WoW Woman in Wearable Tech | Amy Winters, Interactive Material Designer and founder of Rainbow Winters

Interview by Marija Butkovic @MarijaButkovic


Dr Amy Winters is the founder of material-technology studio Rainbow Winters. She holds a PhD in Interactive Textiles (Royal College of Art, 2017) and a BA (Hons) Performance Design (Central Saint Martins, 2006). Rainbow Winters develops soft materials that interact with external influences such as light sound, speed and moisture.  During her Doctoral studies at the RCA, Winters identified and cultivated a design-led approach towards the invention of materials for soft robotics. `Why Does Soft Matter?' articulates this specific approach through critical making; a visceral and hands-on engagement with soft materials and technology. Amy Winters is featured in WIRED, WWB, Vertu Magazine, Trend Hunter, Vice Style, Stylist, The Guardian and Marie Claire. Shows, exhibitions, and presentations include International CES; CREATE, Brown Thomas, Dublin; Made in Future, Milan; Clever Dressing, Dana Centre, London; Science Gallery, Dublin; Hacking Arts, MIT, Boston; The House of Lords. Awards she won include Next Tex Innovator (2018), Burberry 175 Scholarship RCA (2013-2016) and Technology Strategy Board Funding (2009).

Amy, how did you end up working in the smart textiles and wearable tech industry?

I founded the wearable tech studio Rainbow Winters after training in Theatre Design at Central Saint Martins in 2006 and completed my Doctorate in Soft Robotics at the Royal College of Art in 2017.

My background in Theatre and Art-Direction served as the initial catalyst for my work - with a drive to create new experiences for the audience. Major inspirations included filmmakers and animators such as Terry Gilliam and Jan Švankmajer. From there, I sprung over to textiles to translate concepts from film, animation and dance into magical programmable materials which can respond to external influences such as light, sound, speed and moisture.  I am inspired by the universal rhythms of nature - their currents, ebbs and flows. Water as a programmable material holds a particular fascination; it transforms, transmutes and shimmers. For the Thunderstorm dress, I was interested in translating an intersubjective experience - the visceral atmosphere and feeling of thunder and lightning.

Which has been your most challenging project and why? How about most rewarding and why?

The most challenging project would be working on a project with an engineering company based abroad, the dual language barrier produced unforeseen challenges! My most rewarding would be the years I spent as a researcher where as I was able to dedicate time to not only developing the technical aspects of my work, but also the philosophical underpinnings.

How are smart textiles related to wearable technology? What is a difference?

There is a big difference, as dealing with smart textiles you are primarily dealing with 'soft materials' and the designer takes on the position of a material inventor rather than the user. However, a good wearable technology designer can elevates smart textiles to a whole new level and ultimately creates the final application.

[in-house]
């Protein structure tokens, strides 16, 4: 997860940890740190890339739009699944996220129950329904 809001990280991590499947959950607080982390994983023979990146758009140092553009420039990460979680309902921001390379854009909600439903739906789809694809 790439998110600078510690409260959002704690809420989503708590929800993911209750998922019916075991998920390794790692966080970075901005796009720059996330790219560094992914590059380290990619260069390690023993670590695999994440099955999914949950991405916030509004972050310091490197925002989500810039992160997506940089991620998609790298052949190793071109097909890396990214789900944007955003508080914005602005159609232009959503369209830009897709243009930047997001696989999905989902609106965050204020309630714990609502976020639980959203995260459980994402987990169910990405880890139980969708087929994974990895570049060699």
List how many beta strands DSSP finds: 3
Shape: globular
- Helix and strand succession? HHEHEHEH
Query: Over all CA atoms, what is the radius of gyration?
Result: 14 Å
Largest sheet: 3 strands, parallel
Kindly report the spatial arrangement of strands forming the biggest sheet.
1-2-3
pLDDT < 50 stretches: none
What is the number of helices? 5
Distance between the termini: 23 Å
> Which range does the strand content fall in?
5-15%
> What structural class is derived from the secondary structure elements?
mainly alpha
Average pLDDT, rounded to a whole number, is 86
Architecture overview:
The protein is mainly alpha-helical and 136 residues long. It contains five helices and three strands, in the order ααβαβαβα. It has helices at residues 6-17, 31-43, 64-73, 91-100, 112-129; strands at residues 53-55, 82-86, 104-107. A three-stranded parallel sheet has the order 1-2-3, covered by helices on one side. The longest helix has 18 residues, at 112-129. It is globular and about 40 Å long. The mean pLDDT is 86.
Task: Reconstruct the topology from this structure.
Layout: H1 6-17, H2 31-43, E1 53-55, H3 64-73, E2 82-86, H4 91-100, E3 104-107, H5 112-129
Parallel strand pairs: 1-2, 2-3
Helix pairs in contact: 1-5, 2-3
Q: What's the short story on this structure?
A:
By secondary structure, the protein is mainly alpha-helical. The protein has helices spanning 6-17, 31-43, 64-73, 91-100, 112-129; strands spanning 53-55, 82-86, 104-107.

How do you keep learning about smart and interactive textiles because it is constantly changing with new technologies?

Fundamentally, I am most interested in discovering the poetic, expressive and emotive capabilities of technology. Through my interests in ‘organic’ rather than ‘rigid’ materials, I keep myself focussed on a specific area of smart textiles – programmable materials.

What do you think will be the key trends in the wearable tech and smart textiles in the next five years and where do you see it heading?

Wearable Tech and Smart Textiles will be the forerunners in developing a whole range of novel interfaces. Combining unique analogue material properties with digital capabilities. Soft Robotics for example, are distinctive as machines which look and feel exactly like conventional textiles and their unique tactility combines multiple material properties such as flexible circuits, batteries and interactive surfaces.

What is the most important piece of advice you can give to entrepreneurs in the wearable tech/smart textiles industry?

Often designers are fixed on trying to make their product 'functional' because they think customers demand products which solve a problem, display a new functionality or showcase a smart engineering principle.

However, rather than taking a functional or user-based design role maybe the role of the designer is something different altogether? Designers have the unique ability to translate complex and highly technical developments into visual and universally understood concepts. For that reason, could more explorative, experimental and far-fetched prototypes focus on creating new experiences rather than functionalities?

Who are your 3 inspirational businesses or individuals in wearable tech and smart textiles industries?

Muchaneta & Mano from FashNerd for their passionate work in the field, Sara Robertson  for her amazing research on combining traditional textiles craft with smart materials and Tricia Flanagan for her very cool work combining interactive wearables and HCI.



Facebook: Rainbow Winters

Twitter: @RainbowWinters

LinkedIn: Amy Winters



This interview was conducted by Marija Butkovic, Digital Marketing and PR strategist, founder and CEO of Women of Wearables and co-founder of Kisha Smart Umbrella. She regularly writes and speaks on topics of wearable tech, fashion tech, IoT, entrepreneurship and diversity. Visit or follow Marija on Twitter @MarijaButkovic @Women_Wearables @GetKisha.